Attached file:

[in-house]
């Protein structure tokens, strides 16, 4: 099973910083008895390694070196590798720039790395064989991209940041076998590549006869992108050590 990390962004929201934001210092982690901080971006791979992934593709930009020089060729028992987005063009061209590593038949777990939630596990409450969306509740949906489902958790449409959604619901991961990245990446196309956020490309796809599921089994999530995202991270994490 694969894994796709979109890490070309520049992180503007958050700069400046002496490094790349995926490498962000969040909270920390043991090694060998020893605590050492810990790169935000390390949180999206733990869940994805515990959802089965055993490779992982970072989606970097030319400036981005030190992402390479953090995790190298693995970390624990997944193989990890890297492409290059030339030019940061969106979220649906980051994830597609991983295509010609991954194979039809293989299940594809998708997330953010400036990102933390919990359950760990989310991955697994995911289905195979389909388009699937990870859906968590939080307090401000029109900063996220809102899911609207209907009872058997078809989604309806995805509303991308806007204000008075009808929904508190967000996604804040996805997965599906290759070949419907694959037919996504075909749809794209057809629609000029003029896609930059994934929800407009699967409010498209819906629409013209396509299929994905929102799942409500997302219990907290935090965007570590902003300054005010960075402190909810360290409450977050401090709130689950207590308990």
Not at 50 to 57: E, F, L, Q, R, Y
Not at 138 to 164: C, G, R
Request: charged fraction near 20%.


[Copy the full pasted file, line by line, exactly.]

[in-house]
């Protein structure tokens, strides 16, 4: 099973910083008895390694070196590798720039790395064989991209940041076998590549006869992108050590 990390962004929201934001210092982690901080971006791979992934593709930009020089060729028992987005063009061209590593038949777990939630596990409450969306509740949906489902958790449409959604619901991961990245990446196309956020490309796809599921089994999530995202991270994490 694969894994796709979109890490070309520049992180503007958050700069400046002496490094790349995926490498962000969040909270920390043991090694060998020893605590050492810990790169935000390390949180999206733990869940994805515990959802089965055993490779992982970072989606970097030319400036981005030190992402390479953090995790190298693995970390624990997944193989990890890297492409290059030339030019940061969106979220649906980051994830597609991983295509010609991954194979039809293989299940594809998708997330953010400036990102933390919990359950760990989310991955697994995911289905195979389909388009699937990870859906968590939080307090401000029109900063996220809102899911609207209907009872058997078809989604309806995805509303991308806007204000008075009808929904508190967000996604804040996805997965599906290759070949419907694959037919996504075909749809794209057809629609000029003029896609930059994934929800407009699967409010498209819906629409013209396509299929994905929102799942409500997302219990907290935090965007570590902003300054005010960075402190909810360290409450977050401090709130689950207590308990």
Not at 50 to 57: E, F, L, Q, R, Y
Not at 138 to 164: C, G, R
Request: charged fraction near 20%.